Mindsets are contagious

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This winter has been brutal.

Here in Minnesota, we are close to, if not already, breaking records on total snowfall amounts for the past winter season. In the doldrums of winter, many of us struggle with not only the specific difficulties that winter brings to our dairies but also the separation that occurs when we are hunkered down for months after the busy holiday season.

Recently, we participated in two opportunities to immerse ourselves in our great dairy community. These events have reminded us that we are not alone and are doing work worth doing. We attended the Minnesota Farm Bureau Ag Day Gala in St. Paul, Minnesota, and the Central Plains Dairy Expo in Sioux Falls, South Dakota. Besides the information we absorbed from informational sessions and visiting with industry experts at both events, we came across an unexpected topic – sequoias. In some ways, they are just like the farming community.

Giant sequoias are some of the world’s largest trees. These trees can live to be more than 3,400 years old and weigh more than 2 million pounds. The General Sherman sequoia tree, the largest in the world, measures 275 feet tall and is 36 feet wide in diameter at the base.

If you have ever visited a sequoia forest, how insignificant you feel is incredible. However, the most interesting thing about giant sequoias is that even with their massive size and weight, their roots venture only about 6 to 12 feet deep. How can these enormous trees stay standing, living for thousands of years, on such a shallow root system?

Rather than relying on deep roots to keep them upright, they spread their roots wide and intertwine with the other trees in the forest. These roots mat together to build a strong and stable community, each tree supporting the other. These trees are like the members of our dairy industry’s community. We, like them, are all intertwined and interconnected, supporting and depending on one another, holding each other up and helping each other grow.

In a rapidly changing world and an industry that can be physically and mentally challenging, you must surround yourself with a community of “sequoias” that inspire you and your business. This community should consist of individuals and dairies solving challenges with a positive attitude that you respect and admire.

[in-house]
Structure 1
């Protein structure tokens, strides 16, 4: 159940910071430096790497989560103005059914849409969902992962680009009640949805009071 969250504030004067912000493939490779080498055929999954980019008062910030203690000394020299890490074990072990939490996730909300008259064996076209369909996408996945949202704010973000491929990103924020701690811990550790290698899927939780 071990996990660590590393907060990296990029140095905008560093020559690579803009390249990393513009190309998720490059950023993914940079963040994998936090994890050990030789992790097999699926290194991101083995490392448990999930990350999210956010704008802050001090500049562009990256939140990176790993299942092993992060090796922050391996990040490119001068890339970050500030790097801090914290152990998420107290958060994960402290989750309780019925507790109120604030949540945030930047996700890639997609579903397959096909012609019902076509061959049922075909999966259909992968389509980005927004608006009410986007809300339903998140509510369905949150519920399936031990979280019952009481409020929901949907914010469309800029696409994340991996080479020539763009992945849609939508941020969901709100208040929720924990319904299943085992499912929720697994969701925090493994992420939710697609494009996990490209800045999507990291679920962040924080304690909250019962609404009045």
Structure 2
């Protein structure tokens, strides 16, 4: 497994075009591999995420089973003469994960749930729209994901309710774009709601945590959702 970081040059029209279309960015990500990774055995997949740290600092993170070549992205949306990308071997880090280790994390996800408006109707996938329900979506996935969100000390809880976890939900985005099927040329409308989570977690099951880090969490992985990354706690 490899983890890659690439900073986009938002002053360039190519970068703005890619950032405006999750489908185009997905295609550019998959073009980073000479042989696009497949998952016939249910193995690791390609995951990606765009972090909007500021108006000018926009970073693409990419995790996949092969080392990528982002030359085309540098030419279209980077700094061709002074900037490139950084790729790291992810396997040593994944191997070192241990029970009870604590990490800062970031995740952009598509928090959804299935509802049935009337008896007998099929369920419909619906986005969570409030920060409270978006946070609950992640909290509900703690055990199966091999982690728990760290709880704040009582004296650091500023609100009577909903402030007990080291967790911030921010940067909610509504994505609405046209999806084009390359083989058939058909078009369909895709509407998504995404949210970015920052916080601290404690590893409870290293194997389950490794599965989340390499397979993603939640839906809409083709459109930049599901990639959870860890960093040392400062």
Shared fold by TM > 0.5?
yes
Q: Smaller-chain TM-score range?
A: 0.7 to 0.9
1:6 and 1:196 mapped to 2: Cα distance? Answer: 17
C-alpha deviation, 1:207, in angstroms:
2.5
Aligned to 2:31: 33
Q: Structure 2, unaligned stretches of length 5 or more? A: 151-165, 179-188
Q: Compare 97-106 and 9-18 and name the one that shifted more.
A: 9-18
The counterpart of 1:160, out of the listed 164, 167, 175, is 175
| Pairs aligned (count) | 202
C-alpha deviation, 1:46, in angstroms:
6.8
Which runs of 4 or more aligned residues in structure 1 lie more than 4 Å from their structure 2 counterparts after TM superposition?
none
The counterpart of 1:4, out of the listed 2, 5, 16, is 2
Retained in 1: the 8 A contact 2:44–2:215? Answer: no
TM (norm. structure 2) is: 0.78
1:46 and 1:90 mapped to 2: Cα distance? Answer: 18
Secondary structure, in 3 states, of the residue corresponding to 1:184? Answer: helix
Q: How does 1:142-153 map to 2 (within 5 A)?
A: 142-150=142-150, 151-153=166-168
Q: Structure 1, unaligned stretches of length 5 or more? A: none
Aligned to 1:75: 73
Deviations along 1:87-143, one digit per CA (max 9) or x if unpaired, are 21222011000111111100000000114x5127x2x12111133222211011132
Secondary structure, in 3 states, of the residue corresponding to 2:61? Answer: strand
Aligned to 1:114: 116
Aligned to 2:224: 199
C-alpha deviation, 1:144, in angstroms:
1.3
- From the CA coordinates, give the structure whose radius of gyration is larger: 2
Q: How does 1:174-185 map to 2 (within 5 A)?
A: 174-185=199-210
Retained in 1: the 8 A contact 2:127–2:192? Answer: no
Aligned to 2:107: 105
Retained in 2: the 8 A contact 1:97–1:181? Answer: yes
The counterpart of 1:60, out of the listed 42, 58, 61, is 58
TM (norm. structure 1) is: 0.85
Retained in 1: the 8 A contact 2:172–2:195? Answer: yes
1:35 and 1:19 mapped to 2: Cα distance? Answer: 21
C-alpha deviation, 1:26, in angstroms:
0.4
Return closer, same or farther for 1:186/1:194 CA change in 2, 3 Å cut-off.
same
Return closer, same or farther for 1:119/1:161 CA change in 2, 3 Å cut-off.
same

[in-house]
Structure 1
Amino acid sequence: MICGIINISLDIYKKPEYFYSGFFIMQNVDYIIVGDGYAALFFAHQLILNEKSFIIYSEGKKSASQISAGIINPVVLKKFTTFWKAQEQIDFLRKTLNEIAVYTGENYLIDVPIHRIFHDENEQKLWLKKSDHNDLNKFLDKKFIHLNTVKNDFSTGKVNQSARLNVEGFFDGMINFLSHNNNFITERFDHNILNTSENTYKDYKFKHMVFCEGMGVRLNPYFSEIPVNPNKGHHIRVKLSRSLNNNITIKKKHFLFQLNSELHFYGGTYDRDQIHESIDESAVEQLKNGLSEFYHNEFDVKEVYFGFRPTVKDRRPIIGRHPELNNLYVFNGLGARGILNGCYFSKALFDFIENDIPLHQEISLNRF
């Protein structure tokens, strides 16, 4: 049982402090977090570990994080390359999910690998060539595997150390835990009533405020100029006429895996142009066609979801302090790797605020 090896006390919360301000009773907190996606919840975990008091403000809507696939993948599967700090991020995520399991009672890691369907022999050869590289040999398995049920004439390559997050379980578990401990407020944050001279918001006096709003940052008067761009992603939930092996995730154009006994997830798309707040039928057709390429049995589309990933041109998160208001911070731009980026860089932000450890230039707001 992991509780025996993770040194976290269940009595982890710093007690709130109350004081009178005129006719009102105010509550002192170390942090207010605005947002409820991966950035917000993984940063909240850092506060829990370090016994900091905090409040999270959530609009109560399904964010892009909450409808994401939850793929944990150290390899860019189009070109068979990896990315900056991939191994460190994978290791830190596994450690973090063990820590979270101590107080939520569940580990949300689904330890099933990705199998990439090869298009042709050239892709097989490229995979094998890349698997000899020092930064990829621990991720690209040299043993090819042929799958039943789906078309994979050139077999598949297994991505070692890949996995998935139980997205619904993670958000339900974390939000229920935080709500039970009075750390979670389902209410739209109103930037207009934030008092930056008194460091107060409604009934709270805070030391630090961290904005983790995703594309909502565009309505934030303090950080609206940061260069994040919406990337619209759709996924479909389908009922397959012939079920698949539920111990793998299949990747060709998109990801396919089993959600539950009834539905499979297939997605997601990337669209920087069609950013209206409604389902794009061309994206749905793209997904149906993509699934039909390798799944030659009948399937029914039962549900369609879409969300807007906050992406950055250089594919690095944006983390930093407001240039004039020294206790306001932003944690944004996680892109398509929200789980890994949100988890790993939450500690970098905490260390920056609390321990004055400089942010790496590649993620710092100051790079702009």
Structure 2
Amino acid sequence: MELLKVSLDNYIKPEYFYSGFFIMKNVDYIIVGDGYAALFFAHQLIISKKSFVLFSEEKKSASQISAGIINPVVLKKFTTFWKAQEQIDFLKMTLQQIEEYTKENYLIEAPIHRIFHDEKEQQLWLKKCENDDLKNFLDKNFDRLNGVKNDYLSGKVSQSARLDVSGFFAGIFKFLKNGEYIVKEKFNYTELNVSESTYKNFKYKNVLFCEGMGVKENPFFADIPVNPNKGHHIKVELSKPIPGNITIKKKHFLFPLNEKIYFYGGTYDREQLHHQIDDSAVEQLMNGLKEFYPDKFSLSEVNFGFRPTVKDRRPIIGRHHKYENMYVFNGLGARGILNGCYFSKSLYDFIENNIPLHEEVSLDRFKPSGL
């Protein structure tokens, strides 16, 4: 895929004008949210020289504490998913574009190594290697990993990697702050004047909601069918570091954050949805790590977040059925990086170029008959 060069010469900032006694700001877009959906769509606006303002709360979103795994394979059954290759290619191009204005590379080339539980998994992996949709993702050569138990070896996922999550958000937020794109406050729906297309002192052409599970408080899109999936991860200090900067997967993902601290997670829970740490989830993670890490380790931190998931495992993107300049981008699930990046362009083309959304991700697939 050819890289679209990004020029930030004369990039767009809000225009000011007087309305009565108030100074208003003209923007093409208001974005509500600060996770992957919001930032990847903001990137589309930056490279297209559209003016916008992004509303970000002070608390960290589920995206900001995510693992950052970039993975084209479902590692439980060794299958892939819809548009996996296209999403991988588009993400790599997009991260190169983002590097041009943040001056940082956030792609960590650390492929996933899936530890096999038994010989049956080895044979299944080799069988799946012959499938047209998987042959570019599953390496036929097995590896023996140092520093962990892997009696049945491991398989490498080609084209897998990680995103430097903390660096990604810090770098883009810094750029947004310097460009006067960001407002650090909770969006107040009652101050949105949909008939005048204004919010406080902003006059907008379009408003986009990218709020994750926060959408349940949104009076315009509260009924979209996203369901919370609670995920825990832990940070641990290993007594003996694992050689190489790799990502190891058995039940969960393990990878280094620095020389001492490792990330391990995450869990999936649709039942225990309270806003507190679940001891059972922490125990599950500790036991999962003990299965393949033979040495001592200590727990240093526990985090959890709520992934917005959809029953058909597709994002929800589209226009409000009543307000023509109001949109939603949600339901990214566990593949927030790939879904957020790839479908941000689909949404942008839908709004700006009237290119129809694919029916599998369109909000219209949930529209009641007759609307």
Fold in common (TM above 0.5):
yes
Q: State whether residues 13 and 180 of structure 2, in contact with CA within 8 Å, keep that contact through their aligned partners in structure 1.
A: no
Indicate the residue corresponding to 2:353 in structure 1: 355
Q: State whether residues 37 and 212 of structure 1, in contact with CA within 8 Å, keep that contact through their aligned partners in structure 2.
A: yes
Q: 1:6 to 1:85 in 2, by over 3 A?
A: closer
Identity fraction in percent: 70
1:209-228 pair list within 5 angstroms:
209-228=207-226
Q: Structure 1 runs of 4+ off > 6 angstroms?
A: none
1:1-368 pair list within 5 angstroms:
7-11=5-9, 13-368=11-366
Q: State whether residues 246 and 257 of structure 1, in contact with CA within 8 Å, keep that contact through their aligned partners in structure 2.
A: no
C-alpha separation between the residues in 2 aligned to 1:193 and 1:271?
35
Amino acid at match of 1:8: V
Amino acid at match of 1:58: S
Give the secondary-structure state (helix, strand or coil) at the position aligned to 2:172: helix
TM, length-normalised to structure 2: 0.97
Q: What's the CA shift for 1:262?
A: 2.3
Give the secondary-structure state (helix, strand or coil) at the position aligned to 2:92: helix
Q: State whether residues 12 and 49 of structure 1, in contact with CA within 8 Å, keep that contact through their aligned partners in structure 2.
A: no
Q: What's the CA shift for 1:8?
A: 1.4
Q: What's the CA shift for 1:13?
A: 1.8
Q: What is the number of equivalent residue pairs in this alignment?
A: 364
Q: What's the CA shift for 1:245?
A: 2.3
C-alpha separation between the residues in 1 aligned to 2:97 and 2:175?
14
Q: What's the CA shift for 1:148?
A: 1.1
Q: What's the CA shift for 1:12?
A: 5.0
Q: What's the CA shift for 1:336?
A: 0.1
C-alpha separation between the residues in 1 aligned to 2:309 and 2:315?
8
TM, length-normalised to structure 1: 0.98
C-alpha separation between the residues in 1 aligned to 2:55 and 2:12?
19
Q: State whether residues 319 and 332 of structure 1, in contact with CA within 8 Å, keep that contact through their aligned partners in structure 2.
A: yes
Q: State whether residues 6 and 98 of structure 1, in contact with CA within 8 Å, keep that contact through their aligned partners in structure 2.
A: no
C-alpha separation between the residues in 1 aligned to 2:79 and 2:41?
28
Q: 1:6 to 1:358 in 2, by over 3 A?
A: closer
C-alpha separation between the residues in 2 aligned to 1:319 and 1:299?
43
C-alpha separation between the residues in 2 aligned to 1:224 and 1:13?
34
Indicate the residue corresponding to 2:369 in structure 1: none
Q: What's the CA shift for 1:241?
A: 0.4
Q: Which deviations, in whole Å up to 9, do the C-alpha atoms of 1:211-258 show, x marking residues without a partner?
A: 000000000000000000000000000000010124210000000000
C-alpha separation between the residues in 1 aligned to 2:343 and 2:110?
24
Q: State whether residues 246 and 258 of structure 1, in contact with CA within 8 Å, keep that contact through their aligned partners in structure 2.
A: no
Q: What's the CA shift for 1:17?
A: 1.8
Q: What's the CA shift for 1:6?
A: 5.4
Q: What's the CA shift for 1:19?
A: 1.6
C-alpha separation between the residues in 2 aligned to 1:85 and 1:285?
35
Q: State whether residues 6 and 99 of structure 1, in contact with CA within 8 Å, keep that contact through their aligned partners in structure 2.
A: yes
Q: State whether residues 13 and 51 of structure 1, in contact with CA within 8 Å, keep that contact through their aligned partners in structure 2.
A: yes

Proximity is power. As Tony Robbins lectures, “Always remember that who you spend the most time with is who you eventually become. To reach new heights of success, you must surround yourself with people who not only inspire you but challenge you.”

Dairying is not easy. Top dairy herds acquire a circle of influence with wide-ranging expertise that pushes their dairy to raise the bar and achieve loftier goals.

The members in your “forest” could be fellow dairy men or women, nutritionists, veterinarians, professors, business professionals, members of your church and local community, or anyone else who challenges and pushes you and your business to learn and grow continually.

If you’re a young farmer like us, we recommend seeking a mentor and spending time with them. Don’t be afraid to ask them questions and to expand and discuss topics that interest you and your dairy. Highly successful people are often willing to share their experiences, mistakes and goals. Your circle of influence is also critical because it can be called upon in a time of need, providing knowledge, training and expertise. Surrounding you, your dairy and your team with these individuals and spending time where they are will take your dairy to the next level.

Many people aspire to be the smartest or most successful person at the table. However, if you are always that person, you limit yourself and what you can achieve. At NexGen, we aim to push ourselves outside our comfort zone. We desire to acquire a seat at the table of dairies and experts that are more successful, knowledgeable or experienced than we are. Our participation has provided numerous new ideas and management strategies and at times has encouraged us to change our thinking and make successful changes to our dairy farm.

Suppose we continually expose ourselves to a community of men and women with different perspectives and new ideas. In that case, we can grow into and along with that network of roots and allow those giants to help hold our business upright and to grow to new heights.

    Megan Schrupp and Ellen Stenger are sisters and co-owners of both NexGen Dairy and NexGen Market in Eden Valley, Minnesota. They can be reached at Nexgendairy@gmail.com

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